Neuroethics 9 (2):173-185 (2016)

Daniel Sharp
New York University
Although philosophers have explored several connections between neuroscience and moral responsibility, the issue of how real-world neurological modifications, such as Deep Brain Stimulation, impact moral responsibility has received little attention. In this article, we draw on debates about the relevance of history and manipulation to moral responsibility to argue that certain kinds of neurological modification can diminish the responsibility of the agents so modified. We argue for a historicist position - a version of the history-sensitive reflection view - and defend that account against a rival, relational view of responsibility. We conclude that DBS can, under certain conditions, diminish responsibility, and explore the circumstances under which this might be so. We conclude by suggesting that philosophical debates about moral responsibility, manipulation, and history have greater practical relevance than is sometimes thought, and that attention to practical cases can help inform and deepen this body of scholarship.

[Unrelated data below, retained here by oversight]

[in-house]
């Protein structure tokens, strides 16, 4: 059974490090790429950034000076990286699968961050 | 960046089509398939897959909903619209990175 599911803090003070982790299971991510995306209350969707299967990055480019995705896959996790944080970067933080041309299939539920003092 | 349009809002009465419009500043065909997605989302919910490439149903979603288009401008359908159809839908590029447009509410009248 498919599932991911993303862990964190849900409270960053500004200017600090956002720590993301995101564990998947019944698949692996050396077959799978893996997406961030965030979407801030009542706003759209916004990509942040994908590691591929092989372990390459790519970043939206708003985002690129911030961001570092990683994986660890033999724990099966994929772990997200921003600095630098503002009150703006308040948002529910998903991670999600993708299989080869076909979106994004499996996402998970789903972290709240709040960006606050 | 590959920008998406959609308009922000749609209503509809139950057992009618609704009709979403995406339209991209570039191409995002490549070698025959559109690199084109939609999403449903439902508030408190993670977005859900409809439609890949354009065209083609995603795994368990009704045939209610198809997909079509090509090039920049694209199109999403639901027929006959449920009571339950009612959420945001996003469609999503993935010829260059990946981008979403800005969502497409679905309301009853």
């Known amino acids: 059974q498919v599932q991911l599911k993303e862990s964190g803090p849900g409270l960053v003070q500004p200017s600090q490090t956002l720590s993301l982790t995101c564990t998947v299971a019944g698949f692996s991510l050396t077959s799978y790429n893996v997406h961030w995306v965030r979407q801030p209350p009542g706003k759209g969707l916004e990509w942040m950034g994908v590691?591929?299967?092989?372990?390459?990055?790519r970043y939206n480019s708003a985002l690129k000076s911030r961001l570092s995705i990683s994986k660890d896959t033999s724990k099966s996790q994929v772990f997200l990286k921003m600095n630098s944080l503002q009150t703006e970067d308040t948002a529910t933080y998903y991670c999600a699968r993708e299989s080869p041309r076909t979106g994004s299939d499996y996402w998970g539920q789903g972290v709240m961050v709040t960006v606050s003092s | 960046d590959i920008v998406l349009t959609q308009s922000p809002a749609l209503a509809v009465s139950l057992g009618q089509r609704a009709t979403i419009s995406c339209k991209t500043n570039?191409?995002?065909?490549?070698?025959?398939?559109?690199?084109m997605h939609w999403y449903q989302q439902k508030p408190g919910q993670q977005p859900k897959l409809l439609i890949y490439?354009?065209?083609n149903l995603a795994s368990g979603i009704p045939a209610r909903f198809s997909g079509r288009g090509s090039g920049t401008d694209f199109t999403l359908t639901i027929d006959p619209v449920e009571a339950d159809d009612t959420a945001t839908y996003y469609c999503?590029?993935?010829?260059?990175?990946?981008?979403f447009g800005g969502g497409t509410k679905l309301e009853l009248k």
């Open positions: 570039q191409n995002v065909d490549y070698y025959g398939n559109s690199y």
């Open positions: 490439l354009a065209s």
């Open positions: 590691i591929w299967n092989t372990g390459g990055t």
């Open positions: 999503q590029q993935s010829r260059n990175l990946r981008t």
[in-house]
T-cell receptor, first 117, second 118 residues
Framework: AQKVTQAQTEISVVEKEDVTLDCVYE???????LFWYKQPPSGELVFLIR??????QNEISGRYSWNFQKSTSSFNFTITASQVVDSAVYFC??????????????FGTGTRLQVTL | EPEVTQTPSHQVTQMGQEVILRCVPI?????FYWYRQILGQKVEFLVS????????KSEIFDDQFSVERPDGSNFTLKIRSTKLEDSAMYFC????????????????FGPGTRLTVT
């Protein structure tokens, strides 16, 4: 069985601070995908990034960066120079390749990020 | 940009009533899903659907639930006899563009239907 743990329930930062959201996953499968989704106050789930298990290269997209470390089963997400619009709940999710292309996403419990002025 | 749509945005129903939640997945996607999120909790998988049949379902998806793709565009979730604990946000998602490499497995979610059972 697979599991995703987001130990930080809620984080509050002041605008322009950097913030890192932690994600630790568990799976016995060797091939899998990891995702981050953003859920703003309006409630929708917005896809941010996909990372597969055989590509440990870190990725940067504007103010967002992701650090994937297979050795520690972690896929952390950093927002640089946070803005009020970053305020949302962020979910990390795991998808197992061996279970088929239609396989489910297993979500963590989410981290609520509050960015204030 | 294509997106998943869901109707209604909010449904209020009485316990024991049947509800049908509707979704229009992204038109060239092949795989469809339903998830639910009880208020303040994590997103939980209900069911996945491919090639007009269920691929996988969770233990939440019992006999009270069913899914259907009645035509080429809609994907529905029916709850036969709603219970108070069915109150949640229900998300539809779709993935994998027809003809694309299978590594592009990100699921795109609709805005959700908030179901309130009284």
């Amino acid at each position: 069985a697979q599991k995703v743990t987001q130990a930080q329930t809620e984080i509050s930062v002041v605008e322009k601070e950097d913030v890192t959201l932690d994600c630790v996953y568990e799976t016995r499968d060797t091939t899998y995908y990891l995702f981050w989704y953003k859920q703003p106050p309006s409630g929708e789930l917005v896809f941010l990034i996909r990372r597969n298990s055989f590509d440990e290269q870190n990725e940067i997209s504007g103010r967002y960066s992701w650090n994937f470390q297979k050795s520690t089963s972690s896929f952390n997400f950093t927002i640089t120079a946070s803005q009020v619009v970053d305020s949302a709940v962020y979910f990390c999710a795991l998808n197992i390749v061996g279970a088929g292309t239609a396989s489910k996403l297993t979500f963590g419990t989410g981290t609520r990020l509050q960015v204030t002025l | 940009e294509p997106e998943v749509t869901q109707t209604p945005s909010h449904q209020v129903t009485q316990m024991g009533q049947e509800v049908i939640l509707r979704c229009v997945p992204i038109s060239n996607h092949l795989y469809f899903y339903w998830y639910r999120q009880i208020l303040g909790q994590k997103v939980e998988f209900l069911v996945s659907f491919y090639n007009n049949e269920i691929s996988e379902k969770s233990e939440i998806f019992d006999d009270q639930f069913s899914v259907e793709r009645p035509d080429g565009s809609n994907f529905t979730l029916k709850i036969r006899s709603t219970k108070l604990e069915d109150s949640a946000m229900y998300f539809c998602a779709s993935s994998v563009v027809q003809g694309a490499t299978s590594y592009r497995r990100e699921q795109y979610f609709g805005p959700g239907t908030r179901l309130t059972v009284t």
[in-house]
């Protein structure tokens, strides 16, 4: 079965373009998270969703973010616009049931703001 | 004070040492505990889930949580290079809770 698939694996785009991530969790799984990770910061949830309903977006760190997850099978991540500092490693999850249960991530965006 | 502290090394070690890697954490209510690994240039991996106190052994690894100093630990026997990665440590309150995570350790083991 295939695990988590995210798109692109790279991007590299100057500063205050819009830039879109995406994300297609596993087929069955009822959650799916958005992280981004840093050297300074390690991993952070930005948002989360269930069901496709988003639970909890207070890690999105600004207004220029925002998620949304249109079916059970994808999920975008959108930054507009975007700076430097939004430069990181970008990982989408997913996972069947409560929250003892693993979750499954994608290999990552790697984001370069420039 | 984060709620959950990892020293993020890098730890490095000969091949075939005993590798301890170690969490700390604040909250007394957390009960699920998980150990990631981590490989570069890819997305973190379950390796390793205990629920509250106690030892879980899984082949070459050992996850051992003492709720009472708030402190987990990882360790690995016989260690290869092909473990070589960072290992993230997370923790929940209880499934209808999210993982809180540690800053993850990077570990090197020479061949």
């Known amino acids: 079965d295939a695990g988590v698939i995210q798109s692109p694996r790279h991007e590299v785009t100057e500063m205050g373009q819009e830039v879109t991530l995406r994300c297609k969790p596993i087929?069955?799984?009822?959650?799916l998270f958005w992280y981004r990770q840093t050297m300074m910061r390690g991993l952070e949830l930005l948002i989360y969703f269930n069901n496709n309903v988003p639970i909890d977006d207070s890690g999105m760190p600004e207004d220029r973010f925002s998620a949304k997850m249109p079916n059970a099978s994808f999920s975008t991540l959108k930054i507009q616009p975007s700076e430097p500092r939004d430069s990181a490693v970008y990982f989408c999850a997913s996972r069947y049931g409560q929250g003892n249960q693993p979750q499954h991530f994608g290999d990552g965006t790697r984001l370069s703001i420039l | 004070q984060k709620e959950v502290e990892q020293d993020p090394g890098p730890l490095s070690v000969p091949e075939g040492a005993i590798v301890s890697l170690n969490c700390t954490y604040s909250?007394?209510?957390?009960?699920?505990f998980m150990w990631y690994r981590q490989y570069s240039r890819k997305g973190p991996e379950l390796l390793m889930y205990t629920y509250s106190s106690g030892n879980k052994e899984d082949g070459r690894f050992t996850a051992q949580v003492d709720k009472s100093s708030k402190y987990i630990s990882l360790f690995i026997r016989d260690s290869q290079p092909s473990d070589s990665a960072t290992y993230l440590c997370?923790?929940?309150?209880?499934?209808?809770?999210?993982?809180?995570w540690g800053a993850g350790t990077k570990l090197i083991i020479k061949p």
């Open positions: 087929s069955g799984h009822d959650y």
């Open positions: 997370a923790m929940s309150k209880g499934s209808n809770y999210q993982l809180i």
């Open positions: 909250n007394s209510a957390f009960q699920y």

Keywords Deep brain stimulation  Moral responsibility  Historicism  Manipulation argument  Compatibilism  Neuroethics
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DOI 10.1007/s12152-016-9260-0
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References found in this work BETA

Freedom of the Will and the Concept of a Person.Harry Frankfurt - 1971 - Journal of Philosophy 68 (1):5-20.
Freedom of the Will and the Concept of a Person.Harry G. Frankfurt - 2003 - In Gary Watson (ed.), Free Will. Oxford University Press.

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Citations of this work BETA

Deep Brain Stimulation, Authenticity and Value.Pugh Jonathan, Maslen Hannah & Savulescu Julian - 2017 - Cambridge Quarterly of Healthcare Ethics 26 (4):640-657.
Autonomy, Rationality, and Contemporary Bioethics.Jonathan Pugh - 2020 - Oxford, UK: Oxford University Press.

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